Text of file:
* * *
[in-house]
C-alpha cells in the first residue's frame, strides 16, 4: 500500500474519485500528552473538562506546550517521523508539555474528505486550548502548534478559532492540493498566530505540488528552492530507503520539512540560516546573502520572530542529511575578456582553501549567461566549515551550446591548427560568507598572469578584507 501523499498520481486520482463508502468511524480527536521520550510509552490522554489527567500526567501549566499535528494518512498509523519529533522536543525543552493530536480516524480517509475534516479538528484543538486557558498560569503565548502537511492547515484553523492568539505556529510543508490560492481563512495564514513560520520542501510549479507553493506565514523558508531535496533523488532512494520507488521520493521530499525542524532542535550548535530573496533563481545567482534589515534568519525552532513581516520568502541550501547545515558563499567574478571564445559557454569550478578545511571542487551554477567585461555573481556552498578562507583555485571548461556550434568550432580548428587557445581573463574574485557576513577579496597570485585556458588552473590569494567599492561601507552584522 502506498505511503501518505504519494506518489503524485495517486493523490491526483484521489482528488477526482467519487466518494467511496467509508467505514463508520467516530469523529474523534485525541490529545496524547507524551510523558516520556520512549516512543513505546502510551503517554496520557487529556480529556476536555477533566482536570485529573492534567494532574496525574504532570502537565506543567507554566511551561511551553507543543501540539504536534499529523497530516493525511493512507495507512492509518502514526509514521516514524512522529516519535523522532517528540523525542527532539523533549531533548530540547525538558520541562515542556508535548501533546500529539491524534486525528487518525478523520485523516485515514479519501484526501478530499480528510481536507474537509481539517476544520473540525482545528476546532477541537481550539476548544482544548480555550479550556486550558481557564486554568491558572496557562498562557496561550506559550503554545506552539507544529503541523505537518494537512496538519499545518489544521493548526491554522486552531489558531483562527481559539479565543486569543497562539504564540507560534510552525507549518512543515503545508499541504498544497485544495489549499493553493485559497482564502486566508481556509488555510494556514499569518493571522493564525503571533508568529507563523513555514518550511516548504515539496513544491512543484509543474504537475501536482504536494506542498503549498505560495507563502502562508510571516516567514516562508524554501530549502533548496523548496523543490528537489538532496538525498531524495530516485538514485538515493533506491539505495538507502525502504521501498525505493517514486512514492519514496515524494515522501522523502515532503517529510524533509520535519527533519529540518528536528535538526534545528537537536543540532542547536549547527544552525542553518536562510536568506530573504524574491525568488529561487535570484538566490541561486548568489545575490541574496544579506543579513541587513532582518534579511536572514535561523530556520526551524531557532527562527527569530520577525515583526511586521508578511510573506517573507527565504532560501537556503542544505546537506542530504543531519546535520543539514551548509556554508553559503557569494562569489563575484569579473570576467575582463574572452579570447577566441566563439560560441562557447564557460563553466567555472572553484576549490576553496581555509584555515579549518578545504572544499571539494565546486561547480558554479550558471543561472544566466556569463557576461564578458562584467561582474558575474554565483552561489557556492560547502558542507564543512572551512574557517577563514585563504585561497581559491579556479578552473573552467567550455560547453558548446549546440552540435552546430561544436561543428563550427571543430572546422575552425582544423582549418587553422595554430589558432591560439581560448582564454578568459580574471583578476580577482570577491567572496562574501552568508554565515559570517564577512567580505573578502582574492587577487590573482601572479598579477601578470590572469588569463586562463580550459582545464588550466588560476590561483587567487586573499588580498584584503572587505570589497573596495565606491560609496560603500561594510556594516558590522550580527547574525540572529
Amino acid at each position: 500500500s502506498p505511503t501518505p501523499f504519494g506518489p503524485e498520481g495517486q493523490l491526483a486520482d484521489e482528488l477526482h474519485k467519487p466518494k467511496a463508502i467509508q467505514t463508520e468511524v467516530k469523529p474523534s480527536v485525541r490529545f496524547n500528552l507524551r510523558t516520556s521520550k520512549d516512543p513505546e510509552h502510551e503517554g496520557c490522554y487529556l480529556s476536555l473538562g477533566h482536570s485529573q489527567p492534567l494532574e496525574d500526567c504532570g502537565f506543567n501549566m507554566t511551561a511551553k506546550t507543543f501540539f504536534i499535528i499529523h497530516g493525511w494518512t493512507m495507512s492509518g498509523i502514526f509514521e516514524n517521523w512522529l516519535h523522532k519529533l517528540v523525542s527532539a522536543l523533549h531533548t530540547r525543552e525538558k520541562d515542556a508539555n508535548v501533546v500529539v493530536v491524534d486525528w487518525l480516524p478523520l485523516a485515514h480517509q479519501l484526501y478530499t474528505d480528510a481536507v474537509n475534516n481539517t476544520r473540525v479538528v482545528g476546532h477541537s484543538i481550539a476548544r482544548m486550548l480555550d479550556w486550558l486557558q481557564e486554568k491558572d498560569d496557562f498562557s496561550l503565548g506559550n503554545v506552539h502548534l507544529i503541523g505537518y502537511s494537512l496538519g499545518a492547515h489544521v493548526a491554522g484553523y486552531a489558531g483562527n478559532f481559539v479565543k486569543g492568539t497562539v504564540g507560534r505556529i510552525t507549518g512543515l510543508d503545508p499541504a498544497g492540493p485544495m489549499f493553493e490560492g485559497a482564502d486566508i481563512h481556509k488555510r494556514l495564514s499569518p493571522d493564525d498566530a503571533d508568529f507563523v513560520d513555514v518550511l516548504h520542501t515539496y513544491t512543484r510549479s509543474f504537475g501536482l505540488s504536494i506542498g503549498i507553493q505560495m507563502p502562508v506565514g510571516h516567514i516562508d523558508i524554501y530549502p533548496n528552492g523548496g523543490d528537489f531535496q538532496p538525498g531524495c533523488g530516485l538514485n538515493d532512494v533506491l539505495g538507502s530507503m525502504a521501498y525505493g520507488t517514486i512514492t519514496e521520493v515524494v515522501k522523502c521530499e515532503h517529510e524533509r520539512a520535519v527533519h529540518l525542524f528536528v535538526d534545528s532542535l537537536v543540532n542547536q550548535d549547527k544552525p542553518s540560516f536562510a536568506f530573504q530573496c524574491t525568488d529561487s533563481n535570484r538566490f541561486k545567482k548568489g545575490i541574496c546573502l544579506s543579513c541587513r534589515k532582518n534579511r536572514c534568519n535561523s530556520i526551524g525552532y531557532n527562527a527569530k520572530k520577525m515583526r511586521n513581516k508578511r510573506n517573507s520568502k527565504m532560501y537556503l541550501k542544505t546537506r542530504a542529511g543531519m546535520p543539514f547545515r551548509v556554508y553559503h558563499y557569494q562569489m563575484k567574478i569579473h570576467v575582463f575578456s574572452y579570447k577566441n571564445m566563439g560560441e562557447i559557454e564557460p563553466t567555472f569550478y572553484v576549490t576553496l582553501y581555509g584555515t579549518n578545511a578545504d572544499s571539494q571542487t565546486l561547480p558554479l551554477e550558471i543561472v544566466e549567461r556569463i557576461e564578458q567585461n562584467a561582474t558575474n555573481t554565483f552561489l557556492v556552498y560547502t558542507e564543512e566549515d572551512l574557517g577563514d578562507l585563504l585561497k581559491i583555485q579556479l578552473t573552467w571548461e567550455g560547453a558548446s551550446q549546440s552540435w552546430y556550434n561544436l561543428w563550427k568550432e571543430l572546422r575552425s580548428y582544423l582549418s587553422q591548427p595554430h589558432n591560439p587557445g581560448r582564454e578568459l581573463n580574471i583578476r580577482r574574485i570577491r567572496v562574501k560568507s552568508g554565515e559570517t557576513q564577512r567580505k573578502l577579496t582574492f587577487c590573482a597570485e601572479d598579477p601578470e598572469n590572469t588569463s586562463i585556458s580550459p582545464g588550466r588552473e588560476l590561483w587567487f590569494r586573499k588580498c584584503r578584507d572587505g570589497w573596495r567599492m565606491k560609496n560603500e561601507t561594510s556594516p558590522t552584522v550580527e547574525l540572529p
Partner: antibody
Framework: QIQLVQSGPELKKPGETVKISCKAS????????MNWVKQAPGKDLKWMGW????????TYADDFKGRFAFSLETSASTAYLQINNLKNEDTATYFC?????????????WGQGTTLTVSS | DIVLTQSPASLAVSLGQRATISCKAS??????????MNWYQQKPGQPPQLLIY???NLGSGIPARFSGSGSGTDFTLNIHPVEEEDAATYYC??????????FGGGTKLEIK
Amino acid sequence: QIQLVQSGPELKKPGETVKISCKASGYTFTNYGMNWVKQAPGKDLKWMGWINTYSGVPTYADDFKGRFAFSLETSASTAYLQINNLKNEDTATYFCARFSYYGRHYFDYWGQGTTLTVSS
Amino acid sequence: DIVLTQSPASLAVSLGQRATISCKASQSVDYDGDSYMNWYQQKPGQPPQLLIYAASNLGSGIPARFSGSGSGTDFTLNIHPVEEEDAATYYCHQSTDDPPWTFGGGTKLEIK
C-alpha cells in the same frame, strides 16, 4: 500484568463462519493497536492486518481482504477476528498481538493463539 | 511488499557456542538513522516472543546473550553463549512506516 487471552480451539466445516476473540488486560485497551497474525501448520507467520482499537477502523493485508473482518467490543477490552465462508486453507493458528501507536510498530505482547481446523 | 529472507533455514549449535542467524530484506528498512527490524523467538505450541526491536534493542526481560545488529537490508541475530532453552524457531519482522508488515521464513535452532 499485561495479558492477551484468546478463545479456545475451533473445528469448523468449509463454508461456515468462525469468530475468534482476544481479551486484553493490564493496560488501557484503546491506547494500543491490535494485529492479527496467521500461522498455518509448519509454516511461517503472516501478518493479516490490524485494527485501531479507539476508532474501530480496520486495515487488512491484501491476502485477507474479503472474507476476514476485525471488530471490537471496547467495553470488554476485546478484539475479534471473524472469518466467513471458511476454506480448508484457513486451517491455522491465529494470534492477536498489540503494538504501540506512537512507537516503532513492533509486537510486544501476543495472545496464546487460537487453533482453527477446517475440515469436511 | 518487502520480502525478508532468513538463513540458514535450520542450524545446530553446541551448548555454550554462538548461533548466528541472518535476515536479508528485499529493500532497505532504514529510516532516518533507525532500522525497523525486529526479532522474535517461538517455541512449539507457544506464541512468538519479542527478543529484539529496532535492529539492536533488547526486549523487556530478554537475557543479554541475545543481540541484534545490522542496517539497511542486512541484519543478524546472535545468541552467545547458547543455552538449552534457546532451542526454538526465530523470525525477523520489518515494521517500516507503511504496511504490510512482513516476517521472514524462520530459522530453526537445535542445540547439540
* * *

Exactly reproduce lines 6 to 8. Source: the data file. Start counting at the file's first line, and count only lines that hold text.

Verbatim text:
Amino acid sequence: QIQLVQSGPELKKPGETVKISCKASGYTFTNYGMNWVKQAPGKDLKWMGWINTYSGVPTYADDFKGRFAFSLETSASTAYLQINNLKNEDTATYFCARFSYYGRHYFDYWGQGTTLTVSS
Amino acid sequence: DIVLTQSPASLAVSLGQRATISCKASQSVDYDGDSYMNWYQQKPGQPPQLLIYAASNLGSGIPARFSGSGSGTDFTLNIHPVEEEDAATYYCHQSTDDPPWTFGGGTKLEIK
C-alpha cells in the same frame, strides 16, 4: 500484568463462519493497536492486518481482504477476528498481538493463539 | 511488499557456542538513522516472543546473550553463549512506516 487471552480451539466445516476473540488486560485497551497474525501448520507467520482499537477502523493485508473482518467490543477490552465462508486453507493458528501507536510498530505482547481446523 | 529472507533455514549449535542467524530484506528498512527490524523467538505450541526491536534493542526481560545488529537490508541475530532453552524457531519482522508488515521464513535452532 499485561495479558492477551484468546478463545479456545475451533473445528469448523468449509463454508461456515468462525469468530475468534482476544481479551486484553493490564493496560488501557484503546491506547494500543491490535494485529492479527496467521500461522498455518509448519509454516511461517503472516501478518493479516490490524485494527485501531479507539476508532474501530480496520486495515487488512491484501491476502485477507474479503472474507476476514476485525471488530471490537471496547467495553470488554476485546478484539475479534471473524472469518466467513471458511476454506480448508484457513486451517491455522491465529494470534492477536498489540503494538504501540506512537512507537516503532513492533509486537510486544501476543495472545496464546487460537487453533482453527477446517475440515469436511 | 518487502520480502525478508532468513538463513540458514535450520542450524545446530553446541551448548555454550554462538548461533548466528541472518535476515536479508528485499529493500532497505532504514529510516532516518533507525532500522525497523525486529526479532522474535517461538517455541512449539507457544506464541512468538519479542527478543529484539529496532535492529539492536533488547526486549523487556530478554537475557543479554541475545543481540541484534545490522542496517539497511542486512541484519543478524546472535545468541552467545547458547543455552538449552534457546532451542526454538526465530523470525525477523520489518515494521517500516507503511504496511504490510512482513516476517521472514524462520530459522530453526537445535542445540547439540